Reed has the speed of a documentary cameraperson, but also the intuition of how to follow the actors or the props for the story to move forward.
You know, it's like you have this child in your head, and after a while you start to see that the child is having its own voice, and you just have to let it be what it's going to be. One of the best things about working with Christine Vachon was that she's a real director's producer - she would watch the cuts and say John, I love what you're doing, do you have any bold moves you want to make? Don't be afraid. Make bold choices.
Having that encouragement behind me is what let me go, let's do a really bold move with the title sequence. Let's do something strong and young and brash and shocking, something that works both with and against the idea of doing a period piece. We didn't want this to feel old and stodgy - we wanted to tell a story of young people becoming artists from the perspective of those young people themselves. We even looked at some of Ryan McGinley's photography for inspiration, the way he shoots youth.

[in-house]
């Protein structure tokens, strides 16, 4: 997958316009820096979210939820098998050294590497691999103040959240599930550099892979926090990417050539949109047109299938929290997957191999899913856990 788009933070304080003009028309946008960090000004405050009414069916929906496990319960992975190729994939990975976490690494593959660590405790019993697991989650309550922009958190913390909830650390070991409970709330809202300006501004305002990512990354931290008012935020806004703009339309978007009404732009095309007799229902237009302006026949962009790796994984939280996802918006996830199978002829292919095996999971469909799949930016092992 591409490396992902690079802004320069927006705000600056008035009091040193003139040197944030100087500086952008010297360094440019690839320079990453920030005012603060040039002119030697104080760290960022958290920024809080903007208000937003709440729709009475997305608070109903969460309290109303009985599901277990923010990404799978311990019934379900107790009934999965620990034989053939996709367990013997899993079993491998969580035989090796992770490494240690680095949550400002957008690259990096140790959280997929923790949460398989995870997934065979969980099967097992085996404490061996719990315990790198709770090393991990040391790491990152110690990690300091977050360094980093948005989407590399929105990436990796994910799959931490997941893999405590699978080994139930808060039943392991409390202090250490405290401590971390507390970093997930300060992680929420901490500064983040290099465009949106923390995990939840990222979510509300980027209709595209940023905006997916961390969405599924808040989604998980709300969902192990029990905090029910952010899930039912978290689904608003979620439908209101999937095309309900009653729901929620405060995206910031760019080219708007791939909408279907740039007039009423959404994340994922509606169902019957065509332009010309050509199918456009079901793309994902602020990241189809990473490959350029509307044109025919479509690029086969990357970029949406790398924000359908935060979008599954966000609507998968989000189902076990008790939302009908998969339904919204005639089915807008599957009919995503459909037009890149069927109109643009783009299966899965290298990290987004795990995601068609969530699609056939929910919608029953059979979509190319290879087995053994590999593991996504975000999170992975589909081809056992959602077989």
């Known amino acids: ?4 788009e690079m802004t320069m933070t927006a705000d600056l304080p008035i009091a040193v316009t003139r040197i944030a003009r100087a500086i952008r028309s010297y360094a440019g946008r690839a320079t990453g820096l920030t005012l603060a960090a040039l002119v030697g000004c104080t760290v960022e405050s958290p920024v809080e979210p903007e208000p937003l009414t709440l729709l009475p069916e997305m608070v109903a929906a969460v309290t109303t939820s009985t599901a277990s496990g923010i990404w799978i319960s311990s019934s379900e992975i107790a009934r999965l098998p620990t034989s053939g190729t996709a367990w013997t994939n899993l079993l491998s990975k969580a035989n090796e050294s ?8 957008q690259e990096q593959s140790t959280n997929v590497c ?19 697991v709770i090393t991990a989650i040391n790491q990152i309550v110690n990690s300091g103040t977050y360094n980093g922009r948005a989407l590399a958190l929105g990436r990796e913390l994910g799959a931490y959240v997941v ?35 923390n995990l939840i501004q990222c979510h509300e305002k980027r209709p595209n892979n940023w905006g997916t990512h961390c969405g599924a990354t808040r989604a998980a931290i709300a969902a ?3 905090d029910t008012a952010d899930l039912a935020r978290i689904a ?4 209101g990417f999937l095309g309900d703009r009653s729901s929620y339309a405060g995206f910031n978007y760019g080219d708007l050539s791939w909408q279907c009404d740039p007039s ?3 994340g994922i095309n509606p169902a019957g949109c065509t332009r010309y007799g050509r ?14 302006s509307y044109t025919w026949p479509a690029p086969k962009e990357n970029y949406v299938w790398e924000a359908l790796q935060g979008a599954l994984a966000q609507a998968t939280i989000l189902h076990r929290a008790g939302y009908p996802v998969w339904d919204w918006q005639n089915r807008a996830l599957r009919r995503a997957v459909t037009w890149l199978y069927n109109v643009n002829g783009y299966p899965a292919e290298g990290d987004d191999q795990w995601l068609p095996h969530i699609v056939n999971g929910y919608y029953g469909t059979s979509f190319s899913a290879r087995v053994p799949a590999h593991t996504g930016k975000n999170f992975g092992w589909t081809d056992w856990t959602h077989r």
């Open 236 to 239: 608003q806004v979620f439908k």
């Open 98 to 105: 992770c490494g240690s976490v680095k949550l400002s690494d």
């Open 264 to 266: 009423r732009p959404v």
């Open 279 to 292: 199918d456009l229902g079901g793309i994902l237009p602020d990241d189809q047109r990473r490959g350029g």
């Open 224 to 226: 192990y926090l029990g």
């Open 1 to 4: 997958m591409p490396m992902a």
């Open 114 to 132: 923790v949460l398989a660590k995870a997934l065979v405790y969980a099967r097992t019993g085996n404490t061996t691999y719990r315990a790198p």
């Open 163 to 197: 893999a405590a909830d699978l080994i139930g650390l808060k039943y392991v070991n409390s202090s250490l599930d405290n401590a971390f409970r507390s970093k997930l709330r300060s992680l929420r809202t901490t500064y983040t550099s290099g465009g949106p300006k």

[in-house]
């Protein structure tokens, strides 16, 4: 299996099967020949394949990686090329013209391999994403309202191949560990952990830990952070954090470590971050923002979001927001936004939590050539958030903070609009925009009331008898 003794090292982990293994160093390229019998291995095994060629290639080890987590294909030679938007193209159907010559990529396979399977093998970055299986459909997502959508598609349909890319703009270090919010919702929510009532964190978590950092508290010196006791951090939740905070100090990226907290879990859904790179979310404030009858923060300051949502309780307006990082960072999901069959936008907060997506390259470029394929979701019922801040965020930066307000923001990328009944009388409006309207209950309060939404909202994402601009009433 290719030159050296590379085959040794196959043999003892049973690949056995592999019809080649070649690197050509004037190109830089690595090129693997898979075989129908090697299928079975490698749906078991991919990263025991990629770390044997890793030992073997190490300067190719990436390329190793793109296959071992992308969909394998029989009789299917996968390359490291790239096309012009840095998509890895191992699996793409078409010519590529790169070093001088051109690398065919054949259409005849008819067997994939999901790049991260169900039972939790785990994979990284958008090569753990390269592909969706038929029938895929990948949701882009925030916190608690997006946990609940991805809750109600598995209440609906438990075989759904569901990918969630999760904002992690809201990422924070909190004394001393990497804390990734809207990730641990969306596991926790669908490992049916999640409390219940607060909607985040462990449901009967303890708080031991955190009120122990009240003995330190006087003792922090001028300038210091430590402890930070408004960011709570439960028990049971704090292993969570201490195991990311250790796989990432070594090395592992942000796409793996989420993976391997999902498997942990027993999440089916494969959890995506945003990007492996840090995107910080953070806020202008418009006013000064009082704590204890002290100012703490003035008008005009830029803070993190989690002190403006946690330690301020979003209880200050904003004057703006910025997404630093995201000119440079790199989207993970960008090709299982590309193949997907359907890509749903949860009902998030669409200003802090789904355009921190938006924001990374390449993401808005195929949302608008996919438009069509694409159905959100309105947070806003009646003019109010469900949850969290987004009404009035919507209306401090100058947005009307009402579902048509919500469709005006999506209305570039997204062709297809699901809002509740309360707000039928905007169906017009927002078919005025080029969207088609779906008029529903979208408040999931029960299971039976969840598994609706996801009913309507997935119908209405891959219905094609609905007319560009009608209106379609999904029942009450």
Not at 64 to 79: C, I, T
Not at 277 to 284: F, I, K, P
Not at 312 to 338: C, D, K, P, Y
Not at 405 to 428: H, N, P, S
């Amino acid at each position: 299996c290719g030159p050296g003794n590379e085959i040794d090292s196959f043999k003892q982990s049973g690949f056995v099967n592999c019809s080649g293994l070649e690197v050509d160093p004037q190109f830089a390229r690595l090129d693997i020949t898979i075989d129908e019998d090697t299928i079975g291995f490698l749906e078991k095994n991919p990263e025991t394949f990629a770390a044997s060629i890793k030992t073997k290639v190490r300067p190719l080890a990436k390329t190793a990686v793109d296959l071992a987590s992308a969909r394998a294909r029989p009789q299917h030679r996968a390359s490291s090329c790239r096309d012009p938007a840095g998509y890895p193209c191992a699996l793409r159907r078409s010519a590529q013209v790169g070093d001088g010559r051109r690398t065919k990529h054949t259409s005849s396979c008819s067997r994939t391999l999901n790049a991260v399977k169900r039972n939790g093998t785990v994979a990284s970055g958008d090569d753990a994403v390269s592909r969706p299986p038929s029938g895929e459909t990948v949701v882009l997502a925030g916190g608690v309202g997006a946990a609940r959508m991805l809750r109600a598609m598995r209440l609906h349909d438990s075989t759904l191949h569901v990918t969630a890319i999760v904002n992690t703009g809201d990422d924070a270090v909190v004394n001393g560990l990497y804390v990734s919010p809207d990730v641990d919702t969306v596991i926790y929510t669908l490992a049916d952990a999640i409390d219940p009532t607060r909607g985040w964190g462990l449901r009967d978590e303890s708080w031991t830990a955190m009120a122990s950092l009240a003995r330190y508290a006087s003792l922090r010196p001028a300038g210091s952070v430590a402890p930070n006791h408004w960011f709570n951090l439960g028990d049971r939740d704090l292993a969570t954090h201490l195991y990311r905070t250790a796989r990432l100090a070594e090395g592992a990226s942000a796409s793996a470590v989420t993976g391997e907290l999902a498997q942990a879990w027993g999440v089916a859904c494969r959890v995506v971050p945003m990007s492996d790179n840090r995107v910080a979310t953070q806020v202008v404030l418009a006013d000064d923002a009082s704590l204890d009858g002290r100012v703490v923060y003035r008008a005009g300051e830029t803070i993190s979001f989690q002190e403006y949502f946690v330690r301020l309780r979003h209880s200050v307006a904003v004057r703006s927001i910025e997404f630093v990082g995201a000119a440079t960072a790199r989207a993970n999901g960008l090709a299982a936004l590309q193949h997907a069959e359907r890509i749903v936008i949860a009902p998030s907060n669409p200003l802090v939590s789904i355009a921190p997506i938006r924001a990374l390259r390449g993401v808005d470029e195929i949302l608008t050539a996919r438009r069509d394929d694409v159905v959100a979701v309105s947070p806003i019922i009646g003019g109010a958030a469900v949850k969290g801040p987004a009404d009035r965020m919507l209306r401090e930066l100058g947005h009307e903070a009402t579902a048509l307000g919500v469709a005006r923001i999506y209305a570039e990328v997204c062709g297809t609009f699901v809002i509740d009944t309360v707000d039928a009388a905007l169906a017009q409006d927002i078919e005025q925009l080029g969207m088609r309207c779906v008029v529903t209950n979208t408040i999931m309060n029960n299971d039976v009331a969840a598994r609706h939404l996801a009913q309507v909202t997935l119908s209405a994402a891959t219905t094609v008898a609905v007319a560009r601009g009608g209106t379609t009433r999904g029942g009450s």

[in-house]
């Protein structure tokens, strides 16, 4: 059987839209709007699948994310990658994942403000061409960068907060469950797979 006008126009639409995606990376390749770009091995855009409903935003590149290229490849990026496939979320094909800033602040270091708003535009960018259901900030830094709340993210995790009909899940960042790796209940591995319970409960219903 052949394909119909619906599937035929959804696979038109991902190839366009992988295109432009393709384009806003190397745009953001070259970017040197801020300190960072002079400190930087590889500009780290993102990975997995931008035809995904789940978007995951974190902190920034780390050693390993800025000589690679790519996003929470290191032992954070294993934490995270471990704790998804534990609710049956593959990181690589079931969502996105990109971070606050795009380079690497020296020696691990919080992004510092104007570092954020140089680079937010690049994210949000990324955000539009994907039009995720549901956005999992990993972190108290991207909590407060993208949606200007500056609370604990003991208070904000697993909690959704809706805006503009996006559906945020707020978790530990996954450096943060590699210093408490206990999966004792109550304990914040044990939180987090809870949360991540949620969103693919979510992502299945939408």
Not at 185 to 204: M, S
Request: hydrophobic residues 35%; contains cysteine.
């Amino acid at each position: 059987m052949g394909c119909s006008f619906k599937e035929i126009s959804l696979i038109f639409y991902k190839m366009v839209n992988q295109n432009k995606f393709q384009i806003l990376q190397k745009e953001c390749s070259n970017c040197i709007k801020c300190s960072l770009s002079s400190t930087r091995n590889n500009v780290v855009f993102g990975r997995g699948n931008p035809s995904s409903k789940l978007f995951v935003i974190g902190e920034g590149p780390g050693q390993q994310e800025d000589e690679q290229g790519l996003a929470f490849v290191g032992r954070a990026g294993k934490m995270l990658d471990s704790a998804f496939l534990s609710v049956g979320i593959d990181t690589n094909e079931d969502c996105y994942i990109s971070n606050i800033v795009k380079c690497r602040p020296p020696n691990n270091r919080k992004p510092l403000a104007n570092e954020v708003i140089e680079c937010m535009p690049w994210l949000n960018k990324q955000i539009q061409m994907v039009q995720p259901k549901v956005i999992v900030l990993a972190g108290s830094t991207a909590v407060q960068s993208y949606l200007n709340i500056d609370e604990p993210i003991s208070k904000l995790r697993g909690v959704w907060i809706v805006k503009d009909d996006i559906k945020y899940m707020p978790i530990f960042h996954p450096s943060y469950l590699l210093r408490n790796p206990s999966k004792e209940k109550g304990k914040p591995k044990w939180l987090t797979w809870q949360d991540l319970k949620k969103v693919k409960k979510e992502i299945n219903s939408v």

Tribeca: There's a creaminess to the images that reminds me of him - Reed Morano is a great DP.
John Krokidas: She's the best. She brought so much to this film - she went to NYU, as did I, and I feel like so many of us who went to NYU were trained in this documentary, neo-realist style. Reed has the speed of a documentary cameraperson, but also the intuition of how to follow the actors or the props for the story to move forward. She had this ability to create mood with lighting and low-contrast, and the smokiness, to bring the 1940s to life in a way that makes you feel like you're really there.
Tribeca: You're also extremely good at making scenes work - you often do this thing where you'll have a few different elements operating simultaneously in a scene, commenting on one another. Like in the scene at the jazz club where the guys are talking about their art, and in the background a woman is singing - and then the two things start intercutting really strongly.
John Krokidas: You're talking about something that's so instinctual, I'm not even quite sure I can articulate it! I mean, we shot this movie so fast, you have to just go with your gut. When you do that, you tend to go toward things that are organically yours. Or perhaps that's just my ADD manifesting itself in my filmmaking.